Top Argentina court rules against government in Covid row

Argentina’s supreme court on Tuesday ruled in favor of the city of Buenos Aires in a dispute with the federal government over the suspension of school classes.

Last month, President Alberto Fernandez ordered schools in the capital and its surroundings to close as part of measures to combat the latest wave of coronavirus infections.

But the city’s mayor, opposition figure Horacio Rodriguez Larreta, went to court to prevent this from happening.

Four out of the five supreme court judges ruled that Fernandez’s decree violated the capital’s autonomy.

“The City of Buenos Aires and its provinces can manage the opening of classes… prioritizing the opening and resumption of in-person classes,” said the court.

The fifth judge abstained, considering the issue beyond the court’s jurisdiction.

Fernandez said he was “saddened” by the ruling, adding that he would “take care of Argentines’ health no matter how many pages of rulings they (judges) write.”

The center-left president announced on April 18 a raft of measures, including a two-week suspension of classes, aimed at curbing the spread of Covid-19 in the capital.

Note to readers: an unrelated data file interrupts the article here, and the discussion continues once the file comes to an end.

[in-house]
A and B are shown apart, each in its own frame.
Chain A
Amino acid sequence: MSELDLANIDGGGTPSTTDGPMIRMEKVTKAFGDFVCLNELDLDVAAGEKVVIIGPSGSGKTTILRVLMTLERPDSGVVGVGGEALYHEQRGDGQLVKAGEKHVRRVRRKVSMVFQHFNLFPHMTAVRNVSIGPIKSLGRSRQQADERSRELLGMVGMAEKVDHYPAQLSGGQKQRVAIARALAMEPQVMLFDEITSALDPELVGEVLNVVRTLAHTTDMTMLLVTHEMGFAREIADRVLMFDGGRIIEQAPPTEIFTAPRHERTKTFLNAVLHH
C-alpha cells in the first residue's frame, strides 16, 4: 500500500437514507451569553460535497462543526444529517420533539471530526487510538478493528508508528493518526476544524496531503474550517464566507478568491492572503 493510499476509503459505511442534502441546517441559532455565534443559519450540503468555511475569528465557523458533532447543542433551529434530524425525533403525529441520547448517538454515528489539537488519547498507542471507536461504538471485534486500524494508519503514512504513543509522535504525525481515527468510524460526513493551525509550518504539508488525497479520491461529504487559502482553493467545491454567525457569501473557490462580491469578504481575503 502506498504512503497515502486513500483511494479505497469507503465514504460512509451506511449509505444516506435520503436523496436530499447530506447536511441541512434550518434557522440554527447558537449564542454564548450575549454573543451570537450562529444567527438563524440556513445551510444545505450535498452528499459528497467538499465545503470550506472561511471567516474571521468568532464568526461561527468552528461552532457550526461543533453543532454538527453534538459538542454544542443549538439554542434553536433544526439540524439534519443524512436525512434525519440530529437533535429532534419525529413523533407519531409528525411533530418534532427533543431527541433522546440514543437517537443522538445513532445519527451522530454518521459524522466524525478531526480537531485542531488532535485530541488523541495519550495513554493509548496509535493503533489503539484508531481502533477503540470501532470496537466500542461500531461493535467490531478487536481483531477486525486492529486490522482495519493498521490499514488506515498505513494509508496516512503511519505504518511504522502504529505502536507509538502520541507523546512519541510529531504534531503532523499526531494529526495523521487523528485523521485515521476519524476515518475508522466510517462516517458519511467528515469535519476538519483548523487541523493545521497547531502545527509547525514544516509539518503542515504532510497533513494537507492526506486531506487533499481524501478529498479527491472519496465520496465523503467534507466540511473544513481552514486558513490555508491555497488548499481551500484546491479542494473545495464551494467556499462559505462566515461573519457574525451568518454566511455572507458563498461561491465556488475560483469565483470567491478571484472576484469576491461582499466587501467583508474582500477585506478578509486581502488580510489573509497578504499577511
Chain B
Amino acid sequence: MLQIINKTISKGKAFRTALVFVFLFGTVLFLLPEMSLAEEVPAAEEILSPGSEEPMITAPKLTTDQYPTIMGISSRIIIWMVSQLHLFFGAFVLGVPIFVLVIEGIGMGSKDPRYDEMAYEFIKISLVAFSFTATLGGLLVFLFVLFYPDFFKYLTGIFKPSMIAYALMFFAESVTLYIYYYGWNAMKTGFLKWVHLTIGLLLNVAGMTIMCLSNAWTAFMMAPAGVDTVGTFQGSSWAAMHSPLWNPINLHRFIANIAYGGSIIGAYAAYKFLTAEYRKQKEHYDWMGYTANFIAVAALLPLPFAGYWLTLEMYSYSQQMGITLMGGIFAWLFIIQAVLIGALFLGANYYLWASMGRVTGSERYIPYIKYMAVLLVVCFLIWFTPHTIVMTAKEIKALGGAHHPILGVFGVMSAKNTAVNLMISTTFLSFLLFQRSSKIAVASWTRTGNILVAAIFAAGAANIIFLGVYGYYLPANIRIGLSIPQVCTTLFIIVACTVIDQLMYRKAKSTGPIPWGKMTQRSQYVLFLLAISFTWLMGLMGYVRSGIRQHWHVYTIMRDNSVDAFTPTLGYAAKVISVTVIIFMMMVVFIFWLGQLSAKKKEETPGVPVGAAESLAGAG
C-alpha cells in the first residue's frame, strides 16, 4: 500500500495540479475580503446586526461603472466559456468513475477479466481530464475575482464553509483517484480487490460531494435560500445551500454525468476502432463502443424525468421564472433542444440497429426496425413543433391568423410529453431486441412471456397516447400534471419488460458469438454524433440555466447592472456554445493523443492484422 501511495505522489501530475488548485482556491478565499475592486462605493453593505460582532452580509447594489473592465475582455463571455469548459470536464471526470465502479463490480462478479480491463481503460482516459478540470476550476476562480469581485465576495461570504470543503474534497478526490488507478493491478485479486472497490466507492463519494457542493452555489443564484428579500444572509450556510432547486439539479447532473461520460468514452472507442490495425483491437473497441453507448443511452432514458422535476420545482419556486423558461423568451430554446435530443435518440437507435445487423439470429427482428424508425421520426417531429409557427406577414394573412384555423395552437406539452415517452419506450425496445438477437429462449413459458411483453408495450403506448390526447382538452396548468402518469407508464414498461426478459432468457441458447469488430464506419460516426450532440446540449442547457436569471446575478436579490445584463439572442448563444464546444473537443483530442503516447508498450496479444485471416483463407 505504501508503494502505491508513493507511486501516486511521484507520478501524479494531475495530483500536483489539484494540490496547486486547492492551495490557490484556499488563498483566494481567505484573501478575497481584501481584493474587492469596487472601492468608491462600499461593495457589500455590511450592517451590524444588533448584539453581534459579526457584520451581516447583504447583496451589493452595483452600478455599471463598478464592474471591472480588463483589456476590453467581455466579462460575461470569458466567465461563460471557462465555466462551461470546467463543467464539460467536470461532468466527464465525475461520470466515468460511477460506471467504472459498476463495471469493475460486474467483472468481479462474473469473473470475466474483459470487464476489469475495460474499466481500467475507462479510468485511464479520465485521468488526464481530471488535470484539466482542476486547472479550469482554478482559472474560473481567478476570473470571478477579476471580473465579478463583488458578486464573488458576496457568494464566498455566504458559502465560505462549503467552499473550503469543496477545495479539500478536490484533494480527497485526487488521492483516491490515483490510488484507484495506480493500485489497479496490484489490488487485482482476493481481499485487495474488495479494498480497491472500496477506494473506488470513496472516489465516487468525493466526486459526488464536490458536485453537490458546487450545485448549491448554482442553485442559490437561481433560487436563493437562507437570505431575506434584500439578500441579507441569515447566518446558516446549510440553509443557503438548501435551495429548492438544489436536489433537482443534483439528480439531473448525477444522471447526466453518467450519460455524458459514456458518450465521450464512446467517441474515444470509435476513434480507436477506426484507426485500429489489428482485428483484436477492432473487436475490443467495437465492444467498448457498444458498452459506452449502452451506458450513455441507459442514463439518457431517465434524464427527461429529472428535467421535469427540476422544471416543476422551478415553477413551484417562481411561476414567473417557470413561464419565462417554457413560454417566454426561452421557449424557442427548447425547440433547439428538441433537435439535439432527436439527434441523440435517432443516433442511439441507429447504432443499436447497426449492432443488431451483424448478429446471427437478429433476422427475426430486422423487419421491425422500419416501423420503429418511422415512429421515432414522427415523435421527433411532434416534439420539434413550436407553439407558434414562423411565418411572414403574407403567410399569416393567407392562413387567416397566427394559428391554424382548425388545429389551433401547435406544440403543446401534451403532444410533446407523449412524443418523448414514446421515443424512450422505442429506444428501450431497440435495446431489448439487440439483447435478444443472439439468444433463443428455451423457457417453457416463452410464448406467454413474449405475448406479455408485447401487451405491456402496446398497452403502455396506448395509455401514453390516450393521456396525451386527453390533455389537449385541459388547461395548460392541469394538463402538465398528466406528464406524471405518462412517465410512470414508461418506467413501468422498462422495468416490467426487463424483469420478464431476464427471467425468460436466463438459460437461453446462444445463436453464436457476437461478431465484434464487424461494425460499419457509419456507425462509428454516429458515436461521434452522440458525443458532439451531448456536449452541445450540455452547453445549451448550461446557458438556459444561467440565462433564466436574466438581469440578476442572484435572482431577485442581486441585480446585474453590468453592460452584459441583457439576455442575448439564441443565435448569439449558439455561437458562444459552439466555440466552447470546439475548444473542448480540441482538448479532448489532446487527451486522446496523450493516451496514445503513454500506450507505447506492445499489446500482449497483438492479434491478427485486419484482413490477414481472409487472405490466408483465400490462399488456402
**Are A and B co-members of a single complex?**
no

On Friday he extended those measures, including a nighttime curfew, for a further three weeks.

Meanwhile, Vice President Cristina Kirchner questioned the court’s decision and pointed out that the judges met by video conference.

While waiting for the court’s decision, center-right mayor Rodriguez Larreta decided that pre-school and primary classes would remain open and secondary schools would use a mix of virtual and in-person lessons.

However, teachers unions went on strike.

The coronavirus measures seem to have been working in Buenos Aires, which has managed to halt the increase in daily cases, although without lowering them.

Since the beginning of the pandemic, Argentina has recorded more than three million cases and almost 65,000 deaths among its population of 45 million people.

In Buenos Aires, intensive care units are operating at 82 percent capacity.